Taking their name from one of their influences Alexisonfire and their song Old Crows, Kids We Used to Be is barely a year old, being formed in the Summer of last year. Consisting of vocalists Ste McEvatt and Carl Gunning, backed by the musical prowess of guitarists James Cremor and Lewis Gardner, bassist Mike Higgins, and Lee Berrill on drums, the sextet use additional flavours from the likes of The Wonder Years, Set Your Goals, Alexisonfire, and Man Overboard, to forge their own not yet distinct but flavoursome sound, the band feeling like one still in transition. They have in their relatively short time already lit up stages alongside bands such as Polar Bear Club, Paige, Kyoto Drive, The Story so Far, Man Overboard, and Decade and set themselves as a band to certainly keep an eye on, something the EP does nothing to suggest otherwise.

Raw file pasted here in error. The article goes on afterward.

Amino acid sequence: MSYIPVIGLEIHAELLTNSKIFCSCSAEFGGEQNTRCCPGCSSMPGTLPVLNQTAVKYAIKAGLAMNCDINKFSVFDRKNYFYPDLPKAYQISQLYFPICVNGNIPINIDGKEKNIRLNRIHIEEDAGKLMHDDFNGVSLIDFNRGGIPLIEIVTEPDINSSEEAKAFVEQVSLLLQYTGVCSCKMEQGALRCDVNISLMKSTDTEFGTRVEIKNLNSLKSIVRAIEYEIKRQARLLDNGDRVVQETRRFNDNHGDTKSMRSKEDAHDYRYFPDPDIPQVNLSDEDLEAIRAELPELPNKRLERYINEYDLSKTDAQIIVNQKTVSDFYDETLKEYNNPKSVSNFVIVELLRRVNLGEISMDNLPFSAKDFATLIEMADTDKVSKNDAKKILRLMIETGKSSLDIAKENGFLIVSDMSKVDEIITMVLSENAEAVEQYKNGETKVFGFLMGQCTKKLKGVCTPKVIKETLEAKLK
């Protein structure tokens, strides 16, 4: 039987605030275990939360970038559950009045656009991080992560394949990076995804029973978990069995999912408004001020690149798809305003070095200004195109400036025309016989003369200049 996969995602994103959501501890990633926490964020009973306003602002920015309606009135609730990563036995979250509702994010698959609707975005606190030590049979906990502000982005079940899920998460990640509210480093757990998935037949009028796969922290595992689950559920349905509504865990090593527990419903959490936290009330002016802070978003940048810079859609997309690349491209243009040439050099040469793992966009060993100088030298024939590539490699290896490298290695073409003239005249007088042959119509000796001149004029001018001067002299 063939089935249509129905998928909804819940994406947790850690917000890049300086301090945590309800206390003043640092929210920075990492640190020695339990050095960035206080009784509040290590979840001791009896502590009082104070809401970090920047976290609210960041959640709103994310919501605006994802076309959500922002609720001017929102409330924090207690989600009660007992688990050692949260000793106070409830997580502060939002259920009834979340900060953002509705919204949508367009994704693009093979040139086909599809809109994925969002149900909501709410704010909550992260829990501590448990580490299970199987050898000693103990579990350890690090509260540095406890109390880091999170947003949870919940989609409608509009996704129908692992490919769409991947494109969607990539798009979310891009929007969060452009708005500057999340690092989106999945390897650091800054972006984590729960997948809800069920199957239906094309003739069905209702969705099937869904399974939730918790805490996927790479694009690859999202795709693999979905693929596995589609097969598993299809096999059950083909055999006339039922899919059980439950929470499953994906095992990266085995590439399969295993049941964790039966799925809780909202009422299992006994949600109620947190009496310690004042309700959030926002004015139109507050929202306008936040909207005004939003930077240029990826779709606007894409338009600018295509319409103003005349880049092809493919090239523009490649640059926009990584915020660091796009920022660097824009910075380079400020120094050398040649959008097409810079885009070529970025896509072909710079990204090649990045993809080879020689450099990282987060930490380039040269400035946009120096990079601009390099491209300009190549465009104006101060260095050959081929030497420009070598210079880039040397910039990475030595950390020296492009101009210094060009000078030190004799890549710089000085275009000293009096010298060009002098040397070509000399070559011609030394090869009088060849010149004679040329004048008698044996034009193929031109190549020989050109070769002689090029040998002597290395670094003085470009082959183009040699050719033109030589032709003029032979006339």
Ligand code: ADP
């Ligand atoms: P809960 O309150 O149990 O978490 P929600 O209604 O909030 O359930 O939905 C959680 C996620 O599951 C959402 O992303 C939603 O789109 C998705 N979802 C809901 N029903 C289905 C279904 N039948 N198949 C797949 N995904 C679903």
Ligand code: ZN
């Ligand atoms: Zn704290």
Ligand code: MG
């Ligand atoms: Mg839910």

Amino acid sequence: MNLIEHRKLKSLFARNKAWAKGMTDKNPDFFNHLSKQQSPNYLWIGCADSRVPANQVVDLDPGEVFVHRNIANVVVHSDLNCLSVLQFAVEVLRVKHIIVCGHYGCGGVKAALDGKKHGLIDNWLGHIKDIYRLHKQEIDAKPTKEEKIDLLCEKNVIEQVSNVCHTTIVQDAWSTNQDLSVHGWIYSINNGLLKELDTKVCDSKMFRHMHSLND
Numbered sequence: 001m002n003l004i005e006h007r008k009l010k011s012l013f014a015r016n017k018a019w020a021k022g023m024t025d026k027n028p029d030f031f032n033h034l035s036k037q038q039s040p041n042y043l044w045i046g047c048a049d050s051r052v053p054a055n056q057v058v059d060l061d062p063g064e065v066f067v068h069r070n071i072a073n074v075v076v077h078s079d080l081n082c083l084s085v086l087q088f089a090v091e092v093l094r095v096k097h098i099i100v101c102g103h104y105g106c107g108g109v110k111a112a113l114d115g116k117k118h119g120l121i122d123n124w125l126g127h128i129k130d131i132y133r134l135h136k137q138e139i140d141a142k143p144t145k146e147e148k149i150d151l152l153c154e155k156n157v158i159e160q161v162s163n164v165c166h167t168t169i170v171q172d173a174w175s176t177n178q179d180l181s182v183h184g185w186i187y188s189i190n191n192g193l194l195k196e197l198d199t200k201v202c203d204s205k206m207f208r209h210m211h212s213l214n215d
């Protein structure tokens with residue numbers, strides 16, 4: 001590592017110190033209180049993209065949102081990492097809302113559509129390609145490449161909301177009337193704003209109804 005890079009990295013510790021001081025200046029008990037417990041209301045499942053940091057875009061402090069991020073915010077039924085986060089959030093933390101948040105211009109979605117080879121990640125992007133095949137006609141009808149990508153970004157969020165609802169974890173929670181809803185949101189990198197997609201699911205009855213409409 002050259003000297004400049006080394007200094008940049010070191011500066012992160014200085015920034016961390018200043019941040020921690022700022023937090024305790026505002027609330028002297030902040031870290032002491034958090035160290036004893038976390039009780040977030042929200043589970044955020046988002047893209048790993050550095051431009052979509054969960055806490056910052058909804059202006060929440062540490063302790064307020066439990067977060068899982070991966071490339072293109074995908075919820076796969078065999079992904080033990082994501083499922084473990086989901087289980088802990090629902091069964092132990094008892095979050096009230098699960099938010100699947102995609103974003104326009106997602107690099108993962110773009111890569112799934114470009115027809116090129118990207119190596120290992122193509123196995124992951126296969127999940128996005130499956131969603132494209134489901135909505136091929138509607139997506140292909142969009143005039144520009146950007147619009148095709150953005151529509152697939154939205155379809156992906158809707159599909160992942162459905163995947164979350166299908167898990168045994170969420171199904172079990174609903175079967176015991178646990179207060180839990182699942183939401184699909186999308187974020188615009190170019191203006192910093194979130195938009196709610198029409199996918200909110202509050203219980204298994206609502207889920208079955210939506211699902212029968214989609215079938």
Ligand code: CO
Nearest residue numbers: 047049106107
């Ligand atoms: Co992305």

30 Down opens up the release with a firm hand of striking melodic strikes and cruising riffs. Gruff brawling shouts going as vocals enter the affray and are fair if unspectacular in what seems to be a growing need for bands to employ this aspect against clean vocals which here are very agreeable and add a balance to their coarse counterpart and the track itself. The song itself is a bruising encounter without unleashing a barrage of aggression which works well with the melodic enterprise from the guitars.

The following Hey Aqualung litters the ear with feisty riffs and firm rhythms in a regular pop punk approach. Again the dual vocals dominate the song predominately though it is no reflection on the strong songwriting and sounds which without being the most imaginative easily satisfy and keep the attention fully engaged. The building crescendos throughout work well and add extra intrigue to what is a good song with an anthemic edge.